- What will be the impact on the Landmark building property? With the loss of a lane of traffic in that block, how do you plan to deal with the displaced traffic?
There will be a shared-use path and new landscaping along the Landmark Building frontage on College Street. Driveway access to the parking garage will remain as it currently exists.
The traffic analysis conducted for College Street revealed that four lanes are not required in order to maintain acceptable traffic operations. By making improvements to several intersections along Academy Street, we anticipate being able to divert 3,000-4,000 vehicles a day from College to Academy and have modeled Academy to accommodate the new traffic counts and ensure that traffic can flow successfully.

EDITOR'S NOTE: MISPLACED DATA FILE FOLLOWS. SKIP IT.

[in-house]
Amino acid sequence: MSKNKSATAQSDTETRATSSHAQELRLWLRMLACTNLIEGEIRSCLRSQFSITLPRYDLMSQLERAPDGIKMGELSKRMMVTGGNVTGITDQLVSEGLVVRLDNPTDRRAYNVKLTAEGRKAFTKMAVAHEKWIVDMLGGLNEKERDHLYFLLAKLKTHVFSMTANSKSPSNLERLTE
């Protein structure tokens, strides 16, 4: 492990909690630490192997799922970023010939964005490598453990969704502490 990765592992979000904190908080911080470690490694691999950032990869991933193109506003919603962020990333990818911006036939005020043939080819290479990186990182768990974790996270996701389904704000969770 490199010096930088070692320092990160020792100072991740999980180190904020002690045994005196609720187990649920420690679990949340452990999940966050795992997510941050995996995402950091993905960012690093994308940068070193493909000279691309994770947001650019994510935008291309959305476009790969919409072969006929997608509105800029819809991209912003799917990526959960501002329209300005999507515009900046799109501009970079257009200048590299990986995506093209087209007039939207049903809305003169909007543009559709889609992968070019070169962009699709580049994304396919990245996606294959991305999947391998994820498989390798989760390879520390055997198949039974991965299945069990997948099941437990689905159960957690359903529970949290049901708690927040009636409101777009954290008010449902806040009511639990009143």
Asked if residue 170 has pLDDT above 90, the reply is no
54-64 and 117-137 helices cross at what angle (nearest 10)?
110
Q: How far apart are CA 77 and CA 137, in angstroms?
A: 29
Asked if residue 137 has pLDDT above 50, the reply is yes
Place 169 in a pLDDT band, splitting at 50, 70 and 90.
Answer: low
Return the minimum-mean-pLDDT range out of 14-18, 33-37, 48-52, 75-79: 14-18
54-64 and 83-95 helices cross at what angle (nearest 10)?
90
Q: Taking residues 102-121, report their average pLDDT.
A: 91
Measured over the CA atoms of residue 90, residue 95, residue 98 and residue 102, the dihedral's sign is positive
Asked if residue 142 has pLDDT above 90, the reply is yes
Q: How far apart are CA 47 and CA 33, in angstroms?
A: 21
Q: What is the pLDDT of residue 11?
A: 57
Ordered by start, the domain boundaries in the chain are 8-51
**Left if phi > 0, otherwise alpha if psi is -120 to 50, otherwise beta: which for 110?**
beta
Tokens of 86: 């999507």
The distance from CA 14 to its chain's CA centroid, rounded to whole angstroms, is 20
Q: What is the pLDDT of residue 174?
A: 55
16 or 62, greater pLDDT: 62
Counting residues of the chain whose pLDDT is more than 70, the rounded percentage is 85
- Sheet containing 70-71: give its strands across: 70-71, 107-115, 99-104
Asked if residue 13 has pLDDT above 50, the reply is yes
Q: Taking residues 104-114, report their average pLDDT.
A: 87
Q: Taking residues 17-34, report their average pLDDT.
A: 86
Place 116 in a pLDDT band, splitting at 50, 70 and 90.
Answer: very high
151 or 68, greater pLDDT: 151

- What about safety improvements for pedestrians at North Main and Academy?
There are no improvements planned for the intersection of North Main and Academy as part of this project; however, that intersection has been identified as a potential site for a future improvement project.
- Have you considered a diagonal crossing at College and Academy? What about a pedestrian bridge or tunnel?
While a bridge/tunnel was not considered due to budget and right-of-way constraints, a diagonal crossing option was studied early in the project. We determined that a diagonal crossing lowers the level of service at this intersection and increases travel time along Academy to unacceptable levels. Additionally, with new development in the area, it is expected that all four corners of the intersection will be utilized in the future, therefore reducing the need for a diagonal crossing.
- Please explain the road diet on Elford being considered.